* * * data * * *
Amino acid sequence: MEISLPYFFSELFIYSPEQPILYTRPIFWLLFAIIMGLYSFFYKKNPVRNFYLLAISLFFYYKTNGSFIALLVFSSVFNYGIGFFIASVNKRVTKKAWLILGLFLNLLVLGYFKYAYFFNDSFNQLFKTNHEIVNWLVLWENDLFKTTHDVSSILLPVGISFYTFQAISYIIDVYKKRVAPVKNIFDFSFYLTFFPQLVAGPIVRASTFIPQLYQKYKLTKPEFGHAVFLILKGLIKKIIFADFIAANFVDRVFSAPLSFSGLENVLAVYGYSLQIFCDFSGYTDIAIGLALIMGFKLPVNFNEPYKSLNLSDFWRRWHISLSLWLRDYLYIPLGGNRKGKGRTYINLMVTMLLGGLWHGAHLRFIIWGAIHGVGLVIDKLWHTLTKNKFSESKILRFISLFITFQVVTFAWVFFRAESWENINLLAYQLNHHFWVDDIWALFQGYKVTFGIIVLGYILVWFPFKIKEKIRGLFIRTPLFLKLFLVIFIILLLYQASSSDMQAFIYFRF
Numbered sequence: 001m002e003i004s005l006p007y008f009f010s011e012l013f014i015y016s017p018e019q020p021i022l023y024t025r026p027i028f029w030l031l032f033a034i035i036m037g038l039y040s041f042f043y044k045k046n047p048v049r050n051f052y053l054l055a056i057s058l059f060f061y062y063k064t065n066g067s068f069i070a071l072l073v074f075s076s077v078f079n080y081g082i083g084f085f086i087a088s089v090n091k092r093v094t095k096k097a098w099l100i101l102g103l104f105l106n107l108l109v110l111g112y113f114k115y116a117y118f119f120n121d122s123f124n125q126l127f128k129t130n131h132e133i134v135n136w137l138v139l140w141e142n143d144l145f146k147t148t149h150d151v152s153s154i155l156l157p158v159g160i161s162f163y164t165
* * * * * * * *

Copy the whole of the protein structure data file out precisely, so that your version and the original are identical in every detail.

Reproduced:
Amino acid sequence: MEISLPYFFSELFIYSPEQPILYTRPIFWLLFAIIMGLYSFFYKKNPVRNFYLLAISLFFYYKTNGSFIALLVFSSVFNYGIGFFIASVNKRVTKKAWLILGLFLNLLVLGYFKYAYFFNDSFNQLFKTNHEIVNWLVLWENDLFKTTHDVSSILLPVGISFYTFQAISYIIDVYKKRVAPVKNIFDFSFYLTFFPQLVAGPIVRASTFIPQLYQKYKLTKPEFGHAVFLILKGLIKKIIFADFIAANFVDRVFSAPLSFSGLENVLAVYGYSLQIFCDFSGYTDIAIGLALIMGFKLPVNFNEPYKSLNLSDFWRRWHISLSLWLRDYLYIPLGGNRKGKGRTYINLMVTMLLGGLWHGAHLRFIIWGAIHGVGLVIDKLWHTLTKNKFSESKILRFISLFITFQVVTFAWVFFRAESWENINLLAYQLNHHFWVDDIWALFQGYKVTFGIIVLGYILVWFPFKIKEKIRGLFIRTPLFLKLFLVIFIILLLYQASSSDMQAFIYFRF
Numbered sequence: 001m002e003i004s005l006p007y008f009f010s011e012l013f014i015y016s017p018e019q020p021i022l023y024t025r026p027i028f029w030l031l032f033a034i035i036m037g038l039y040s041f042f043y044k045k046n047p048v049r050n051f052y053l054l055a056i057s058l059f060f061y062y063k064t065n066g067s068f069i070a071l072l073v074f075s076s077v078f079n080y081g082i083g084f085f086i087a088s089v090n091k092r093v094t095k096k097a098w099l100i101l102g103l104f105l106n107l108l109v110l111g112y113f114k115y116a117y118f119f120n121d122s123f124n125q126l127f128k129t130n131h132e133i134v135n136w137l138v139l140w141e142n143d144l145f146k147t148t149h150d151v152s153s154i155l156l157p158v159g160i161s162f163y164t165